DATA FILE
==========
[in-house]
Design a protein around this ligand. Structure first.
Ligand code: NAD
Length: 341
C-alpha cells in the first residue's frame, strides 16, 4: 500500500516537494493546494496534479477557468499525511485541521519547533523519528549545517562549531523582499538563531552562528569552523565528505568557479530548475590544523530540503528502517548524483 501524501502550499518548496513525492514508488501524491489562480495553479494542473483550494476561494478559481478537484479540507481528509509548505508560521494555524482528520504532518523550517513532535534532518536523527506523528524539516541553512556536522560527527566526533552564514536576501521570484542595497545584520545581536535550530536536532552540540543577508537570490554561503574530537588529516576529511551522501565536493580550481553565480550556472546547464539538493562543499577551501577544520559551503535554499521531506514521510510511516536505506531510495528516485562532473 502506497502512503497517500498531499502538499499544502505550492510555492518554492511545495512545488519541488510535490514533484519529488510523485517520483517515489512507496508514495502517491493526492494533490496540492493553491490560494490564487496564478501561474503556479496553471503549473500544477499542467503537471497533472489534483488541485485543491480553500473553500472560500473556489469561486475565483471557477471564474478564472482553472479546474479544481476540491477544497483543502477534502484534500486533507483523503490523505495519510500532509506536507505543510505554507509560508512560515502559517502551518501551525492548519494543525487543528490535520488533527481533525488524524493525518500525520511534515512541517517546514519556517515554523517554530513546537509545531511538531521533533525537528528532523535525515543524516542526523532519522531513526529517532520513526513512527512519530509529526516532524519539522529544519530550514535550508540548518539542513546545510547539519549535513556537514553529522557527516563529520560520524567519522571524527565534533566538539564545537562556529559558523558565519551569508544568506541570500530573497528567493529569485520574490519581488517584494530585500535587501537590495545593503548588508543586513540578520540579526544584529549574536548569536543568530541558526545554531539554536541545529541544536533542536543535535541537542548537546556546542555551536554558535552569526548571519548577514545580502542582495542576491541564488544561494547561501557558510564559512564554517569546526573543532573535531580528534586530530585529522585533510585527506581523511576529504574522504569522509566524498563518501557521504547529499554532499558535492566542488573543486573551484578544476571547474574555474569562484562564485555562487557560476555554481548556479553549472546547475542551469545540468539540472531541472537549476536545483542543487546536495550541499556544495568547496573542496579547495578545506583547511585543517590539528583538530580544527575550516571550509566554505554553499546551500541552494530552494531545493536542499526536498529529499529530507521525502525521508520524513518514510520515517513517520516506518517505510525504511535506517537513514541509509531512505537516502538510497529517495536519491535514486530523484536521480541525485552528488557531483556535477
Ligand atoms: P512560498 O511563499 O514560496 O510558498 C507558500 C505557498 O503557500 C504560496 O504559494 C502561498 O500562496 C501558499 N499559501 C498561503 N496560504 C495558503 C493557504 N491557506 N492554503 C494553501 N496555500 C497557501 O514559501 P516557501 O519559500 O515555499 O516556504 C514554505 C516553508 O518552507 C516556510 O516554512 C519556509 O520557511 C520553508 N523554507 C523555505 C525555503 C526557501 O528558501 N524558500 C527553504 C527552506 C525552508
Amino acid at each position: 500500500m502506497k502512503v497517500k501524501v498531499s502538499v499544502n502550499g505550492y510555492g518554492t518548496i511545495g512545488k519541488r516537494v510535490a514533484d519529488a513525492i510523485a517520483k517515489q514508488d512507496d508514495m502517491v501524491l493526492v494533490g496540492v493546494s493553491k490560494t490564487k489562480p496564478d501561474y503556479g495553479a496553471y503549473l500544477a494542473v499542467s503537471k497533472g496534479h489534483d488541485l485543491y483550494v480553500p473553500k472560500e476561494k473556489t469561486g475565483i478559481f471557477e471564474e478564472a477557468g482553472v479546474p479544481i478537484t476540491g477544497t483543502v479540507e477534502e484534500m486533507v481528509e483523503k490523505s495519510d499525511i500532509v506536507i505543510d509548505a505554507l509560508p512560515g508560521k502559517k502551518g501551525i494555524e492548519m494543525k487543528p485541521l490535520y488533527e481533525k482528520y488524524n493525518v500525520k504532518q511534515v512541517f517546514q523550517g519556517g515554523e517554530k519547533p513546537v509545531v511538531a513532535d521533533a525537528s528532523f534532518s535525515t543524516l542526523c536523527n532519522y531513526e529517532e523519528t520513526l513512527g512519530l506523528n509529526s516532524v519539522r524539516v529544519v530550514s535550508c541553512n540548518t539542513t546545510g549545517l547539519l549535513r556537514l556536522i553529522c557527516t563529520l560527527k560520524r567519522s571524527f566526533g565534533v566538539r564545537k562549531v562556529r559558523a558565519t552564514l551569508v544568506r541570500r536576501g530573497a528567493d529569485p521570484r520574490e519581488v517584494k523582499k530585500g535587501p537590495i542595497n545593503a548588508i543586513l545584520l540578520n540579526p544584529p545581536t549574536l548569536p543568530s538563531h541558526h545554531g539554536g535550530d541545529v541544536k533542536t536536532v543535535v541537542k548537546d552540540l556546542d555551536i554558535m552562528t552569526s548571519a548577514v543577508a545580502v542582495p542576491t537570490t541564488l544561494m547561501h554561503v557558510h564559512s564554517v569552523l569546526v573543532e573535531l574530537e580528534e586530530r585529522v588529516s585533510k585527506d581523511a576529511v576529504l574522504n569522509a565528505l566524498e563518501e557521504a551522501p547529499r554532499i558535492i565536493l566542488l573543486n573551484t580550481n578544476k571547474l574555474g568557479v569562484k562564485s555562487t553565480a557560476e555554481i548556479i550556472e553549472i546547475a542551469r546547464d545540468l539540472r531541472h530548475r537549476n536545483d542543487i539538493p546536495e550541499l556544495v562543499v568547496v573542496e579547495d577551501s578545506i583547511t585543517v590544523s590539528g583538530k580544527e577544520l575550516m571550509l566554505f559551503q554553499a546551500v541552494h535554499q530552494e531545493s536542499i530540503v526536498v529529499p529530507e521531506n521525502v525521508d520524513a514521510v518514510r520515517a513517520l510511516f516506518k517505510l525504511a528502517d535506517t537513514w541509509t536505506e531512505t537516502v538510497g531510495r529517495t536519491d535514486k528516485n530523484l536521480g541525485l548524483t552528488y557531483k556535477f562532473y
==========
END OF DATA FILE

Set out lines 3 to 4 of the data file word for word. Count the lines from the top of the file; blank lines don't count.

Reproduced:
Ligand code: NAD
Length: 341